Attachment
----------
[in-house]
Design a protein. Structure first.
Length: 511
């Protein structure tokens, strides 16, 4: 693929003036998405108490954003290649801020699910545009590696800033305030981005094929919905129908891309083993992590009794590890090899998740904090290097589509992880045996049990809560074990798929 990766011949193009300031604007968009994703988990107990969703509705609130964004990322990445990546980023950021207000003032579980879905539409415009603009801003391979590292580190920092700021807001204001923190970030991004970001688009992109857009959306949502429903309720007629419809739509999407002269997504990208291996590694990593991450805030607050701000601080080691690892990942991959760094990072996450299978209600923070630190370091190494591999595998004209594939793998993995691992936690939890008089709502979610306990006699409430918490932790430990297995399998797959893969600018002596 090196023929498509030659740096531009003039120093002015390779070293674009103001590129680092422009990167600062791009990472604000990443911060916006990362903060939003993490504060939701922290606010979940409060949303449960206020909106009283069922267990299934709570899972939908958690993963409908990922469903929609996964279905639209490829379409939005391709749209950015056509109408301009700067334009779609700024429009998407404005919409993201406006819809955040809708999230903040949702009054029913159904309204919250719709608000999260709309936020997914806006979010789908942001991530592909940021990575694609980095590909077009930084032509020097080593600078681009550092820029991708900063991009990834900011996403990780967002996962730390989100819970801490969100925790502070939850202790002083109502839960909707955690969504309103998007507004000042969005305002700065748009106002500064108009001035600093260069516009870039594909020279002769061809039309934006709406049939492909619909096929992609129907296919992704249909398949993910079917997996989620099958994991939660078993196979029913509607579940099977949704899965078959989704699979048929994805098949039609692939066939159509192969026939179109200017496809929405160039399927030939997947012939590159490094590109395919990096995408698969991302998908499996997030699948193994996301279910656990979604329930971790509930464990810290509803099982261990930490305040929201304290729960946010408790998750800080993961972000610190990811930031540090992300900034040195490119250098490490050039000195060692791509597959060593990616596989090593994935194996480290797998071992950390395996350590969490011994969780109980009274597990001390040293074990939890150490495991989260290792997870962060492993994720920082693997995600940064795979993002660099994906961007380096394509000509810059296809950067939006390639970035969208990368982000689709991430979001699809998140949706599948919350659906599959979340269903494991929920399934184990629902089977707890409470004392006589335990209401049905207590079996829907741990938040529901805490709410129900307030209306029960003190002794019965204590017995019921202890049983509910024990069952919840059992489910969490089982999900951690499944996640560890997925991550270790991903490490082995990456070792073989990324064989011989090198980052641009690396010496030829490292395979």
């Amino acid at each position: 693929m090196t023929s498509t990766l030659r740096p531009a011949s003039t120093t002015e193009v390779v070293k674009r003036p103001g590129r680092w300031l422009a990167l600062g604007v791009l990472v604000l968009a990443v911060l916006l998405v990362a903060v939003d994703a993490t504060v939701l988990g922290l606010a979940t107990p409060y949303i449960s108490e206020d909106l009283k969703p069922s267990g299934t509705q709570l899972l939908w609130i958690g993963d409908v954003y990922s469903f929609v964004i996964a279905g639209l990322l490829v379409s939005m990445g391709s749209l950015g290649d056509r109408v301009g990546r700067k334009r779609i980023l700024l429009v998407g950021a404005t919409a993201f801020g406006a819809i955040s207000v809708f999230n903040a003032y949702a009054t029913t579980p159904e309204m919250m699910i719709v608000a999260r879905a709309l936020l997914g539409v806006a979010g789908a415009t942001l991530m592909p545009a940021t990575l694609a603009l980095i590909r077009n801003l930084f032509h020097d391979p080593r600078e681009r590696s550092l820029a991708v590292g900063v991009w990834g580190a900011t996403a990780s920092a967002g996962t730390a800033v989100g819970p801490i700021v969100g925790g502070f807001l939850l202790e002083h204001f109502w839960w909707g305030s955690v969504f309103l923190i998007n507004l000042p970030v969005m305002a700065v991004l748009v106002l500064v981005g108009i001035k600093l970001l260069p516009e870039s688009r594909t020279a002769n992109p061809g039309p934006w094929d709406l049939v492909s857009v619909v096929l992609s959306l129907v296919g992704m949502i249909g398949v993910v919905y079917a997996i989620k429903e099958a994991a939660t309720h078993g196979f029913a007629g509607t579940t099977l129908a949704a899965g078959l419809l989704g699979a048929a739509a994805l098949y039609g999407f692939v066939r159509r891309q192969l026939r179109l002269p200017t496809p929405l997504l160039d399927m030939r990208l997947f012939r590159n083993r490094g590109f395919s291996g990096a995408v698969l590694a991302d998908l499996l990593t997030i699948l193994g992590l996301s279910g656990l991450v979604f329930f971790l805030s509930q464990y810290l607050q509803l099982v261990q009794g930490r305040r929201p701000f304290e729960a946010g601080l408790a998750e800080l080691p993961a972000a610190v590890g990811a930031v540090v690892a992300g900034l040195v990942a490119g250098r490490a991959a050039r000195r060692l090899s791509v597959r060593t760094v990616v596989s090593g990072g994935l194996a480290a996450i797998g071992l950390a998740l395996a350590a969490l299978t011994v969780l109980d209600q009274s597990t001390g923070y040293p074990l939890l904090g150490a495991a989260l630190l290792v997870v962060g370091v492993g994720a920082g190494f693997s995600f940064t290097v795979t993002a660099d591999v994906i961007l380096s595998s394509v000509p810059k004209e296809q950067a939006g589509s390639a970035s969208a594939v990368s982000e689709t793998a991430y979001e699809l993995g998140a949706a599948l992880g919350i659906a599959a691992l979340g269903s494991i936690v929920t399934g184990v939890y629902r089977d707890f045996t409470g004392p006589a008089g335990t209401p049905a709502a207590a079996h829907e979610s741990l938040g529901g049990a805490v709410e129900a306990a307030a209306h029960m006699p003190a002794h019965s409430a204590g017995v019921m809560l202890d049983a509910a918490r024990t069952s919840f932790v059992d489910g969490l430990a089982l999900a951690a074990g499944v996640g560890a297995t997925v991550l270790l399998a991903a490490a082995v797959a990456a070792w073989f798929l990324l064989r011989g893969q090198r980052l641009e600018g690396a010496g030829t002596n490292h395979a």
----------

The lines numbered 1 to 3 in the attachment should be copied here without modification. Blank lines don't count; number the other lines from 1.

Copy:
[in-house]
Design a protein. Structure first.
Length: 511